Our Window on Nature

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Stalking The Bighorn

Filed under: Mammals — Lowell Christie -- June 10, 2008 @ 3:05 pm

Desert Bighorn

With vision so sharp it equals that of a man with binoculars, a bighorn ram gazed down the mountain. In the open vistas favored by this species, keen eyesight far overshadows the need for acute hearing or sense of smell, so we were certain the animal eyed us long before we spotted him. Even so, he seemed more curious than alarmed.

We hiked up Truchas Peak in New Mexico’s Sangre de Cristo Mountains especially to see bighorn. As in any designated wilderness, if you want to visit the critters, you walk. Gradually, our eyes picked out several more bighorn, less visible against the rocks. Oh, for their surefootedness as they ambled down the almost-vertical slope. We couldn’t believe they were actually approaching us. Could it be that there were enough hikers along here to turn these wild, free creatures into panhandlers? Surely not.

Bighorn once ranged widely throughout the West. Today they’re found mostly in steep canyons and higher mountain slopes. But this time of year travelers may get lucky and see them from the road. Twice we’ve spotted bighorn in the open desert between the Colorado River and Las Vegas. They spend their summers in cooler country, but as winter approaches, they move farther down the slopes.

The bighorn herds that now roam in several states are the result of restocking programs. Overgrazing of public lands has been the main reason for bighorn loss, but competition with domestic cattle and lack of immunity to their diseases have also lowered bighorn numbers. Unfortunately, these animals aren’t easy to reintroduce; some projects succeed, but many others fail.

Actually, bighorn have lived in North America longer than man. Paleontologists believe that man and bighorn followed the same land route from Eurasia, but the sheep got an earlier start. By the time non-Indian settlement began, the sheep had spread across the western half of the continent from Alaska to northern Mexico.

It’s amazing that an animal constructed as strangely as a bighorn would survive as long as it has. The head of a fully grown ram can weigh 50 pounds – perhaps a quarter of the animal’s total mass – and most of that weight is centered in the horns. The core of the horn is bony but porous; otherwise, the horns would be even heavier to carry. Just outside lies a layer of blood vessels that nourish the horns. The sheath, or covering, of the horn consists of keratin, which is the wrinkled, or ridged, part.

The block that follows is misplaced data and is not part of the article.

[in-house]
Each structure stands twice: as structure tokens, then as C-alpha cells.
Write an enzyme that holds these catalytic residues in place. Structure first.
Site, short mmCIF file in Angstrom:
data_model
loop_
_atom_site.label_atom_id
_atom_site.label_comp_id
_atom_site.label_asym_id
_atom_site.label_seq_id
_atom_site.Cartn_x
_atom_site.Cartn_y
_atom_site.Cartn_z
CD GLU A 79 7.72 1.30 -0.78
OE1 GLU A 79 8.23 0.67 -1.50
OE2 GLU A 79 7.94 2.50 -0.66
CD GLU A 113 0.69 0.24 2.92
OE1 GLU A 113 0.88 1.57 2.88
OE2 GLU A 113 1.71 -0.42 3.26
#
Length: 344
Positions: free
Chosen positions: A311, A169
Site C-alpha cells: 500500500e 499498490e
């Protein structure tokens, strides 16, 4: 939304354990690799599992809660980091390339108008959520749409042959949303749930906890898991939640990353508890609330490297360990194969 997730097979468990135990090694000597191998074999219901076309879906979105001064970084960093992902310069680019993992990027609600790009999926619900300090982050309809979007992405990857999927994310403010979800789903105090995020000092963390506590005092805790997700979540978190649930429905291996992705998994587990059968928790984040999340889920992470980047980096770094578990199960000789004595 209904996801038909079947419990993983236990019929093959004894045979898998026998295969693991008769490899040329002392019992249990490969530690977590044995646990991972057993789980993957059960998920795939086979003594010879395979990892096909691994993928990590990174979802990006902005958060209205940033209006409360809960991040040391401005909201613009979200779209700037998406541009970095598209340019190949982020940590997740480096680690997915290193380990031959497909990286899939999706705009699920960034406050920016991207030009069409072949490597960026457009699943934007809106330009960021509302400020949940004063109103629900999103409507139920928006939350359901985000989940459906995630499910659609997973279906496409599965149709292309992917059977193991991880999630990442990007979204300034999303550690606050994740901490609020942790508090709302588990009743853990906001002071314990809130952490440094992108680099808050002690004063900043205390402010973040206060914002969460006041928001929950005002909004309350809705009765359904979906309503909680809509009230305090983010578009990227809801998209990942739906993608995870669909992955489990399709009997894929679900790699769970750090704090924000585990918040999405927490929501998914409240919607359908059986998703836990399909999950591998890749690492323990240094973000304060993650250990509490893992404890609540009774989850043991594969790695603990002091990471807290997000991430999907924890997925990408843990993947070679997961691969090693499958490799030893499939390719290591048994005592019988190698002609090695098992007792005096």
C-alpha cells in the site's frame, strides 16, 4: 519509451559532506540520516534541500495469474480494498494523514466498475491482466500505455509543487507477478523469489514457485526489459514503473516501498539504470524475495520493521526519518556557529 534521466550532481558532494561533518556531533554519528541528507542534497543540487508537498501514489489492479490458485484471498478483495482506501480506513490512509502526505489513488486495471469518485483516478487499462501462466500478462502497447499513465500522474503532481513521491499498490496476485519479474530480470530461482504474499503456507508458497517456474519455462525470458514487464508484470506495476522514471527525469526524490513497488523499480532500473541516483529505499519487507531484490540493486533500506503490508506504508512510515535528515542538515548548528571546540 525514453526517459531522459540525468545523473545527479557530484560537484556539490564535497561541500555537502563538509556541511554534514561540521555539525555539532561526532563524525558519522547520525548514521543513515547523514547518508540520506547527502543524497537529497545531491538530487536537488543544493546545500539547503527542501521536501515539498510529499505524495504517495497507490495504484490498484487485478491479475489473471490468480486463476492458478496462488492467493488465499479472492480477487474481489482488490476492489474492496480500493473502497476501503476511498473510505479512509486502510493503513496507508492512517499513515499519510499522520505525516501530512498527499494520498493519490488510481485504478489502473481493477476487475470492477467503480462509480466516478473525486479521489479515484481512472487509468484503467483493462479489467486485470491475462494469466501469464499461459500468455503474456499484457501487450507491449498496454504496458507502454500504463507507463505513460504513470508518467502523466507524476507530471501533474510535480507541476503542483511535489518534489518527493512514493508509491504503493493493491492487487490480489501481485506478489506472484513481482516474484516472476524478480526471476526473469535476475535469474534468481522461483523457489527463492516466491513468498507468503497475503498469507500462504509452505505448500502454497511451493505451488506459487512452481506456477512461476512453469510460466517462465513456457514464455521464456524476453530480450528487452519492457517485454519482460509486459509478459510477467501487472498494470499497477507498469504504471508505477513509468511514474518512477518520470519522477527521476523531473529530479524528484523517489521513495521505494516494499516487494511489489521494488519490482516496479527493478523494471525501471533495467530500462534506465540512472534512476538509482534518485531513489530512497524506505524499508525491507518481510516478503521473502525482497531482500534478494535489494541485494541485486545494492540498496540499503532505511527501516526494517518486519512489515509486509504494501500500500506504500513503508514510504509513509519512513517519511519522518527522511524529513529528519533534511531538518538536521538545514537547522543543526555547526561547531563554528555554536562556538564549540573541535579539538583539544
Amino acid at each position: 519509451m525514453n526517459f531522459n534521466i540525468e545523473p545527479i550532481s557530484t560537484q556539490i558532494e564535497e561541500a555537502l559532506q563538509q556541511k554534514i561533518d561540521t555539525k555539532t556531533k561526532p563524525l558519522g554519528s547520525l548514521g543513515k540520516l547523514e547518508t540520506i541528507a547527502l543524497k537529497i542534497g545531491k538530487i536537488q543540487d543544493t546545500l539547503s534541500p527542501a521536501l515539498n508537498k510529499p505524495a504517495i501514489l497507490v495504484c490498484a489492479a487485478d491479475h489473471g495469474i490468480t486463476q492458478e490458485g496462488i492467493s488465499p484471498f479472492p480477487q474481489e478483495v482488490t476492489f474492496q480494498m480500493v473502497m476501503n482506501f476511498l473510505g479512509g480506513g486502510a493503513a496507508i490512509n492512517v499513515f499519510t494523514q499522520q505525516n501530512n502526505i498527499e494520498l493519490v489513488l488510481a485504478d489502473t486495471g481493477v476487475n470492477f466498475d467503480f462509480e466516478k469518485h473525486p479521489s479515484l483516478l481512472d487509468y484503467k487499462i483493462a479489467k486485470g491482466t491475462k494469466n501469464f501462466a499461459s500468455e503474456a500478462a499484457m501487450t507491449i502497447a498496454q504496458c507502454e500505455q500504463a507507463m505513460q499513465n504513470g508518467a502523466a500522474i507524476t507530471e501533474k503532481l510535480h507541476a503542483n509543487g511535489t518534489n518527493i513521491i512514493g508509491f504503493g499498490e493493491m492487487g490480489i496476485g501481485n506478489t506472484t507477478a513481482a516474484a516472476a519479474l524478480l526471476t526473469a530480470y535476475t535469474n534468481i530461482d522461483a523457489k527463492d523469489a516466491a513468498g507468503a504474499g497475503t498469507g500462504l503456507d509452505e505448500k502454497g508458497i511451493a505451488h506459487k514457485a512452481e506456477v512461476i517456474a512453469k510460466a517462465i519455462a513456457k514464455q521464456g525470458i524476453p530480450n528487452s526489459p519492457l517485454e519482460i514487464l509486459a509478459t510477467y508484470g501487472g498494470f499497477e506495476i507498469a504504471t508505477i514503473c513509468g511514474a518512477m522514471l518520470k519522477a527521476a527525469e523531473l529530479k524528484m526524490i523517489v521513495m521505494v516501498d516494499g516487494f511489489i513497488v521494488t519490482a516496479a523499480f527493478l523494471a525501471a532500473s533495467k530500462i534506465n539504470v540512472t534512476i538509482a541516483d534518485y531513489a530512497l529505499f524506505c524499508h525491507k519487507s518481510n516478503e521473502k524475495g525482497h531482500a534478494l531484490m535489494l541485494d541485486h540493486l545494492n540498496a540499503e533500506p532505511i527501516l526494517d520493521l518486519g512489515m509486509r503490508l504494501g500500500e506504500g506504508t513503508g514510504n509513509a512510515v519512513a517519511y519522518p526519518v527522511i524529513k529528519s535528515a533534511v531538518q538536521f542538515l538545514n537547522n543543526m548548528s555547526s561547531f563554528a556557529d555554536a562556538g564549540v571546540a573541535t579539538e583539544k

Experts insist that every set of bighorn sheep’s horns is as individual as a human fingerprint. The horns stop growing during the rutting season, when the blood supply retreats to the skull; this produces an annual growth ring. Every animal experiences slightly different conditions and states of health, resulting in a unique growth pattern to the horns.

Unlike antlers, horns aren’t shed, so what you see has been growing since the animal was a few months old. A bighorn sheep may live 10, 12, or even 16 years in the wild, so even though the tips of the horns wear off, they may still reach full circle by that time.

To some extent, a bighorn’s life span is measured by the wear on its front teeth. Bighorn are browsers, and they prefer shrubs to grass; they bite off twigs and branches, but this is tough on the teeth. Old age and abrasion can cause the front teeth to fall out, and if you can’t eat, you die.

Female bighorn share the same dental problems as their male counterparts, but only the males carry massive horns. Since the horns are not designed to be good weapons, biologists conclude that they serve mainly for dominance displays. We’ve all seen movie footage of headbashing contests between males, but even the females joust a bit with their much smaller horns. Also, as do the males, the females travel in groups and appear to have a pecking order.

You won’t see bighorn roaming in large herds as you do pronghorn and elk. A half-dozen or so females, yearlings, and bachelors typically move around together. During the breeding season, most of the bachelors form groups of their own. The strongest rams battle for breeding rights, but they don’t gather harems as bull elk do.

After a five-month to six-month pregnancy, a bighorn ewe climbs to a high, inaccessible niche that is safe from predators, where she gives birth to a five-pound lamb. By the time it’s a few days old, the lamb is sure-footed enough to caper over the rocks, but it’s so small that it really has to stretch to reach the milk supply.

Bighorn hooves are designed for traction. The ability to run 25 mph over loose rocks and steep slopes is made possible by hooves that are rigid around the outside edges, with soles that are rubberlike and shock resistant. One writer describes the hooves as having the stick-to-itiveness of Velcro. Only the most reckless sheep end up careening to the bottom of a canyon.

Their numbers may be small, but given a decent habitat and lack of competition from man and his domestic animals, the bighorn sheep will do just fine, thank you very much.

FMC293


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